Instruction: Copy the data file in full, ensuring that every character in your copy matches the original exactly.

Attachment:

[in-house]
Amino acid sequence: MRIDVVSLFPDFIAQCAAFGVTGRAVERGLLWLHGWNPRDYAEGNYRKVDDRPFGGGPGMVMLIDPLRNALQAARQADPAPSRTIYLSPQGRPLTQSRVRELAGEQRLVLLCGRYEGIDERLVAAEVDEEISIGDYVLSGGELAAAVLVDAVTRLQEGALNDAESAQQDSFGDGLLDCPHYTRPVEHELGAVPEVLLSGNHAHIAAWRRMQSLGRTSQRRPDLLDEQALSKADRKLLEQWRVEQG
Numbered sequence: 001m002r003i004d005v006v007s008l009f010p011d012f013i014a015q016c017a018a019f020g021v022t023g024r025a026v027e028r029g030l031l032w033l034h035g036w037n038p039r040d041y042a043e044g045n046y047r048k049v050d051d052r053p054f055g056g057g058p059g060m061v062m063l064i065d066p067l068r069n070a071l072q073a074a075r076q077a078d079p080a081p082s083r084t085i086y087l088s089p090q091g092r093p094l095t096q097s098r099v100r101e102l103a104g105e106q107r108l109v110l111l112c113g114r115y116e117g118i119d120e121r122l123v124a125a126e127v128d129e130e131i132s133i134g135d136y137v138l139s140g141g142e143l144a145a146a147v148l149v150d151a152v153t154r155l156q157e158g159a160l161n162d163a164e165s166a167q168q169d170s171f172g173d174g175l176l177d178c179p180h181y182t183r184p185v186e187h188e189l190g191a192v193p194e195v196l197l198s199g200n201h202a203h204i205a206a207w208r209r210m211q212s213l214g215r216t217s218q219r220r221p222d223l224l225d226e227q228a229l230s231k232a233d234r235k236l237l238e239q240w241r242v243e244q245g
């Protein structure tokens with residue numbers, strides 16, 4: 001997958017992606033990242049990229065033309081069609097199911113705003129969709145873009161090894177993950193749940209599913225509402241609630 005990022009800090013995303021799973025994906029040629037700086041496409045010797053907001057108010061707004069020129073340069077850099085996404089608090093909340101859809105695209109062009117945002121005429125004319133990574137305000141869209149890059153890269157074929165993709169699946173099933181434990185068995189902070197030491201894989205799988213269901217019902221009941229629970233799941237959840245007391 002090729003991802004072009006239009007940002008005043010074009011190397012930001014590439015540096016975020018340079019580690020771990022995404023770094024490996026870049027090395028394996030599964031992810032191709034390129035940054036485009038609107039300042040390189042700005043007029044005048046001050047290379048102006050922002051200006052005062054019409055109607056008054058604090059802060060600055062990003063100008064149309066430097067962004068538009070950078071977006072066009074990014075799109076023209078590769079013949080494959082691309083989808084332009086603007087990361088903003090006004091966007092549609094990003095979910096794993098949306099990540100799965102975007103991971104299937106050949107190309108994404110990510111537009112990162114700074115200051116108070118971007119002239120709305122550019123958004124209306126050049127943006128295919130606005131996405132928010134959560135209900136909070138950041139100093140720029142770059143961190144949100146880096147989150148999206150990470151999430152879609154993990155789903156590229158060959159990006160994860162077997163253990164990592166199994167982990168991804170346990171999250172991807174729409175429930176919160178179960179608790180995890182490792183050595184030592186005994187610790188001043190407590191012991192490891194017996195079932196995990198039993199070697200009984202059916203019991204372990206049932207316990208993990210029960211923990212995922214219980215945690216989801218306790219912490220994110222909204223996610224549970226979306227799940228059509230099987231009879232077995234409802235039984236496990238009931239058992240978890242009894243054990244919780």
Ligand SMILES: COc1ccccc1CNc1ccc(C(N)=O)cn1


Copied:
[in-house]
Amino acid sequence: MRIDVVSLFPDFIAQCAAFGVTGRAVERGLLWLHGWNPRDYAEGNYRKVDDRPFGGGPGMVMLIDPLRNALQAARQADPAPSRTIYLSPQGRPLTQSRVRELAGEQRLVLLCGRYEGIDERLVAAEVDEEISIGDYVLSGGELAAAVLVDAVTRLQEGALNDAESAQQDSFGDGLLDCPHYTRPVEHELGAVPEVLLSGNHAHIAAWRRMQSLGRTSQRRPDLLDEQALSKADRKLLEQWRVEQG
Numbered sequence: 001m002r003i004d005v006v007s008l009f010p011d012f013i014a015q016c017a018a019f020g021v022t023g024r025a026v027e028r029g030l031l032w033l034h035g036w037n038p039r040d041y042a043e044g045n046y047r048k049v050d051d052r053p054f055g056g057g058p059g060m061v062m063l064i065d066p067l068r069n070a071l072q073a074a075r076q077a078d079p080a081p082s083r084t085i086y087l088s089p090q091g092r093p094l095t096q097s098r099v100r101e102l103a104g105e106q107r108l109v110l111l112c113g114r115y116e117g118i119d120e121r122l123v124a125a126e127v128d129e130e131i132s133i134g135d136y137v138l139s140g141g142e143l144a145a146a147v148l149v150d151a152v153t154r155l156q157e158g159a160l161n162d163a164e165s166a167q168q169d170s171f172g173d174g175l176l177d178c179p180h181y182t183r184p185v186e187h188e189l190g191a192v193p194e195v196l197l198s199g200n201h202a203h204i205a206a207w208r209r210m211q212s213l214g215r216t217s218q219r220r221p222d223l224l225d226e227q228a229l230s231k232a233d234r235k236l237l238e239q240w241r242v243e244q245g
């Protein structure tokens with residue numbers, strides 16, 4: 001997958017992606033990242049990229065033309081069609097199911113705003129969709145873009161090894177993950193749940209599913225509402241609630 005990022009800090013995303021799973025994906029040629037700086041496409045010797053907001057108010061707004069020129073340069077850099085996404089608090093909340101859809105695209109062009117945002121005429125004319133990574137305000141869209149890059153890269157074929165993709169699946173099933181434990185068995189902070197030491201894989205799988213269901217019902221009941229629970233799941237959840245007391 002090729003991802004072009006239009007940002008005043010074009011190397012930001014590439015540096016975020018340079019580690020771990022995404023770094024490996026870049027090395028394996030599964031992810032191709034390129035940054036485009038609107039300042040390189042700005043007029044005048046001050047290379048102006050922002051200006052005062054019409055109607056008054058604090059802060060600055062990003063100008064149309066430097067962004068538009070950078071977006072066009074990014075799109076023209078590769079013949080494959082691309083989808084332009086603007087990361088903003090006004091966007092549609094990003095979910096794993098949306099990540100799965102975007103991971104299937106050949107190309108994404110990510111537009112990162114700074115200051116108070118971007119002239120709305122550019123958004124209306126050049127943006128295919130606005131996405132928010134959560135209900136909070138950041139100093140720029142770059143961190144949100146880096147989150148999206150990470151999430152879609154993990155789903156590229158060959159990006160994860162077997163253990164990592166199994167982990168991804170346990171999250172991807174729409175429930176919160178179960179608790180995890182490792183050595184030592186005994187610790188001043190407590191012991192490891194017996195079932196995990198039993199070697200009984202059916203019991204372990206049932207316990208993990210029960211923990212995922214219980215945690216989801218306790219912490220994110222909204223996610224549970226979306227799940228059509230099987231009879232077995234409802235039984236496990238009931239058992240978890242009894243054990244919780």
Ligand SMILES: COc1ccccc1CNc1ccc(C(N)=O)cn1